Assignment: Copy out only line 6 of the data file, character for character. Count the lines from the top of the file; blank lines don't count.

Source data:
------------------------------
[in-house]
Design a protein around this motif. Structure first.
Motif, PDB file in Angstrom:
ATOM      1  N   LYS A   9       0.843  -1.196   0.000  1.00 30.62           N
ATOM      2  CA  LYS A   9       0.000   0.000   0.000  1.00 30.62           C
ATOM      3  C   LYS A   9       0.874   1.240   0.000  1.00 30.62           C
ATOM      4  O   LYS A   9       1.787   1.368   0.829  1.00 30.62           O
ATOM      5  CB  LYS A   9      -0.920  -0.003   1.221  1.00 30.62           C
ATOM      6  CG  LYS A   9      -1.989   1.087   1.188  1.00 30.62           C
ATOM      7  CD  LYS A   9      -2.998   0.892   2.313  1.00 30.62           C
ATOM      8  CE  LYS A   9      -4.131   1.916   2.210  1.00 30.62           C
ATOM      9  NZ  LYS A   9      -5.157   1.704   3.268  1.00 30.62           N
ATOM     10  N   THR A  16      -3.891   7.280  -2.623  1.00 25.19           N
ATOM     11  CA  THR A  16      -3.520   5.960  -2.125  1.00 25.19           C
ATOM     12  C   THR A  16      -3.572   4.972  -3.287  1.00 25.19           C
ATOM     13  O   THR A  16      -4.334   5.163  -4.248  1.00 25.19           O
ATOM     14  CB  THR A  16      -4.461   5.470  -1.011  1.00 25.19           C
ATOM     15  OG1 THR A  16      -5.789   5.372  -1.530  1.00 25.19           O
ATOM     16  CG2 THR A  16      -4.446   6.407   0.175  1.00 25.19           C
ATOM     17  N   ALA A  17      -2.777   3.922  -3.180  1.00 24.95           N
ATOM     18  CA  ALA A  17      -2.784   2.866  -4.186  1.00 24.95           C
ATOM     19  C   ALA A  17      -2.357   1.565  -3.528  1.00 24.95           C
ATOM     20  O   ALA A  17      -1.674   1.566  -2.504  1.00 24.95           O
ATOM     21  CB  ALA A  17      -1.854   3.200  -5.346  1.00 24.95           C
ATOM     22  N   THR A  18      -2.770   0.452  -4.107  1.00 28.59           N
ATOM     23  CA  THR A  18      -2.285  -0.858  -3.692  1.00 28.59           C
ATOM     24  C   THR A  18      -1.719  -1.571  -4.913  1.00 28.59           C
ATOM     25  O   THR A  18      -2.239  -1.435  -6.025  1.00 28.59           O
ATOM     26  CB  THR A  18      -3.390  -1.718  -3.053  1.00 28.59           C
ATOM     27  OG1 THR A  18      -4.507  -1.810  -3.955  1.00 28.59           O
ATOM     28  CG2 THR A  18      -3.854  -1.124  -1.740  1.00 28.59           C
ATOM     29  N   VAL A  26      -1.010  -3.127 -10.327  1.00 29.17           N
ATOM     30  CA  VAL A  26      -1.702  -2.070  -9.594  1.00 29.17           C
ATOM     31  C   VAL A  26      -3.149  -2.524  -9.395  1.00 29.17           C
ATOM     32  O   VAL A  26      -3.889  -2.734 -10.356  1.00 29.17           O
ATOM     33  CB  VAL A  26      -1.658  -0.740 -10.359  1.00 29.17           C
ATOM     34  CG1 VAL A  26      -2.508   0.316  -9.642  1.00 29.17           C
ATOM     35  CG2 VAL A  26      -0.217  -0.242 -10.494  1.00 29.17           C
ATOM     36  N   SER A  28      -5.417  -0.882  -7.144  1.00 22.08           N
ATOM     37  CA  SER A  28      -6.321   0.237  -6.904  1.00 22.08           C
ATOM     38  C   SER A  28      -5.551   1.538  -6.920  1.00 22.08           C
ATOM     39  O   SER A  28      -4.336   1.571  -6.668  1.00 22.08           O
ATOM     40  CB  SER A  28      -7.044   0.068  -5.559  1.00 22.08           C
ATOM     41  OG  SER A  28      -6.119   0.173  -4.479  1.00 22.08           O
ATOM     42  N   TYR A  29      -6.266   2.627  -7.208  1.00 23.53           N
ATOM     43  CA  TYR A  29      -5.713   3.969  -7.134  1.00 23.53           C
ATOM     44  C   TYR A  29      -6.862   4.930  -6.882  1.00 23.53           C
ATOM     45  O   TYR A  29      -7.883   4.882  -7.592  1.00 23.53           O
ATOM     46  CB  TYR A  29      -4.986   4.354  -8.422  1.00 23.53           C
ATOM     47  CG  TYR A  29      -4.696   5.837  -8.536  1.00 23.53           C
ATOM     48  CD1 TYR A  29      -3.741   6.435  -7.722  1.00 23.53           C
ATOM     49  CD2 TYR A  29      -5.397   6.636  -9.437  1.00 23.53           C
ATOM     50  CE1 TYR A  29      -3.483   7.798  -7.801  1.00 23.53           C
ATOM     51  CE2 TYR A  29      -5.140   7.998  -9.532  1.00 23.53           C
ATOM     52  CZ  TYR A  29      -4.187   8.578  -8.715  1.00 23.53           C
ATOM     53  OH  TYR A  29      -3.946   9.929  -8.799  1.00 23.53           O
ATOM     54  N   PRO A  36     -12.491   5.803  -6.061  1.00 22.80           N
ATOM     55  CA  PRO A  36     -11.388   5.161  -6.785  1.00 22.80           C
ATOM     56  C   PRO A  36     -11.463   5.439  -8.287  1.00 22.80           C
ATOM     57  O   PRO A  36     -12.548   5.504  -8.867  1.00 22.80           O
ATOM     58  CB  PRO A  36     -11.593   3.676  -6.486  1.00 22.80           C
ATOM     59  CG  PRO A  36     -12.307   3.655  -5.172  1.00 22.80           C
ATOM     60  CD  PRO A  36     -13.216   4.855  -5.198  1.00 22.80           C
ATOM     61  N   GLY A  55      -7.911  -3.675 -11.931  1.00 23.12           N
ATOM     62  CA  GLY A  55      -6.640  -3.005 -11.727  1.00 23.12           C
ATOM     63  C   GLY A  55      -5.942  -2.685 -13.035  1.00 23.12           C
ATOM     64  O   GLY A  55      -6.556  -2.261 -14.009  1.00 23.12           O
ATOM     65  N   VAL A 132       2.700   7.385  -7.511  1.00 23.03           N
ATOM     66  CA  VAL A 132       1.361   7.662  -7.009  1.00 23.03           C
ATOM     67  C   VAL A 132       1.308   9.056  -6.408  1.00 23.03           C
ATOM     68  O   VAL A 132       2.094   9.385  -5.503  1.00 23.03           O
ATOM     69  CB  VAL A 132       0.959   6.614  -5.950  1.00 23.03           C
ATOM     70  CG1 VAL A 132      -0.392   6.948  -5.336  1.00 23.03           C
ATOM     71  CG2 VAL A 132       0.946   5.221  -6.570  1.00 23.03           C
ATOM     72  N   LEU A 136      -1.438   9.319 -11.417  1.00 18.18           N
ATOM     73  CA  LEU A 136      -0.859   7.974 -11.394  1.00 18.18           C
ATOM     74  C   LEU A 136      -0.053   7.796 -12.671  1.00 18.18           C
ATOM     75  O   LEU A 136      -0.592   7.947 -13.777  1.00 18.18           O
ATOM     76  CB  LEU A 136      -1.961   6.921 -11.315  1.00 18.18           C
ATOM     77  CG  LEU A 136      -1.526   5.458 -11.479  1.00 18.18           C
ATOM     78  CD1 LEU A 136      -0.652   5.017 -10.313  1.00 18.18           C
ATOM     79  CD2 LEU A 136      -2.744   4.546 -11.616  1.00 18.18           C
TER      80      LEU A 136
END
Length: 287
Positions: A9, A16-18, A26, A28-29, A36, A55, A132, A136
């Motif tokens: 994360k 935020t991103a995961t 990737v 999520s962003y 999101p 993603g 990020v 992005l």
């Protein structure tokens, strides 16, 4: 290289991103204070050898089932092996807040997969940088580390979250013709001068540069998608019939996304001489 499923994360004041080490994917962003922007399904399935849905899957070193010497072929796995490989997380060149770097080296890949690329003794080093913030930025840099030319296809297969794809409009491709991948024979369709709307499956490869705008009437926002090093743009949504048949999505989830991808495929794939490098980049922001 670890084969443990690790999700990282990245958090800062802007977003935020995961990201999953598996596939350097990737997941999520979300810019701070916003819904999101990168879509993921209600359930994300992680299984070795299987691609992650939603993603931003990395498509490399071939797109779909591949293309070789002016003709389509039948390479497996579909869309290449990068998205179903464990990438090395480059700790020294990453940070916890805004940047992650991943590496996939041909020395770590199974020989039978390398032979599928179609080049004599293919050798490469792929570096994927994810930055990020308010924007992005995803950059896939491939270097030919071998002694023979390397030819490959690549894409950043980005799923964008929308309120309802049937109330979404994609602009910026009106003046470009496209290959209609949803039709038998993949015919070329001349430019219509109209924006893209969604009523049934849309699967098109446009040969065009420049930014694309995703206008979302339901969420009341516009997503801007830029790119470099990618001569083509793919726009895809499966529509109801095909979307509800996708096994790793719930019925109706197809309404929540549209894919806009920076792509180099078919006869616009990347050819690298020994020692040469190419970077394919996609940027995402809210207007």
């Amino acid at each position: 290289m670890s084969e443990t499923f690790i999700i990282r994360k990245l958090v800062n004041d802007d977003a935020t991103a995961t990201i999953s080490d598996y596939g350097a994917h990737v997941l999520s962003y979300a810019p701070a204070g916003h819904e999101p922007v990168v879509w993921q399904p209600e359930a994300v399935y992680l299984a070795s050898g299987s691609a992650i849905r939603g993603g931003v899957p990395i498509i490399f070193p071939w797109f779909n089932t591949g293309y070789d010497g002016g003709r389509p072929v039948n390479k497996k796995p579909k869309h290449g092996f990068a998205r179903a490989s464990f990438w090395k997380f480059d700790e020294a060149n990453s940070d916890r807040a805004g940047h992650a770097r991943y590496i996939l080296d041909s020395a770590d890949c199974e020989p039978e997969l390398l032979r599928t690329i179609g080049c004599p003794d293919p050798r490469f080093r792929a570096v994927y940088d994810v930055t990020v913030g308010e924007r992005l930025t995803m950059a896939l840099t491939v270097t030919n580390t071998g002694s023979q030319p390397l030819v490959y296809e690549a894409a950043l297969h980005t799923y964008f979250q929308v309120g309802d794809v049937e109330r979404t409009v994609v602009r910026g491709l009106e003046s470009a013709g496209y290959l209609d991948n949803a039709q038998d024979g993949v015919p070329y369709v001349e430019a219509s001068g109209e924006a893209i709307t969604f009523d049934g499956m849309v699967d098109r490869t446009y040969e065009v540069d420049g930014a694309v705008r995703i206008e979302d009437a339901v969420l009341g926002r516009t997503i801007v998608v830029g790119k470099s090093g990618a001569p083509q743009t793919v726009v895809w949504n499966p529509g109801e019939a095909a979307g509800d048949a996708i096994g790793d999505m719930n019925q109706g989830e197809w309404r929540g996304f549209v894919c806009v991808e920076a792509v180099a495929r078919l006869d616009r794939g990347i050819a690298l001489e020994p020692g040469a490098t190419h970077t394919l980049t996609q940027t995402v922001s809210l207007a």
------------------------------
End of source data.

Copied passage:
ATOM      3  C   LYS A   9       0.874   1.240   0.000  1.00 30.62           C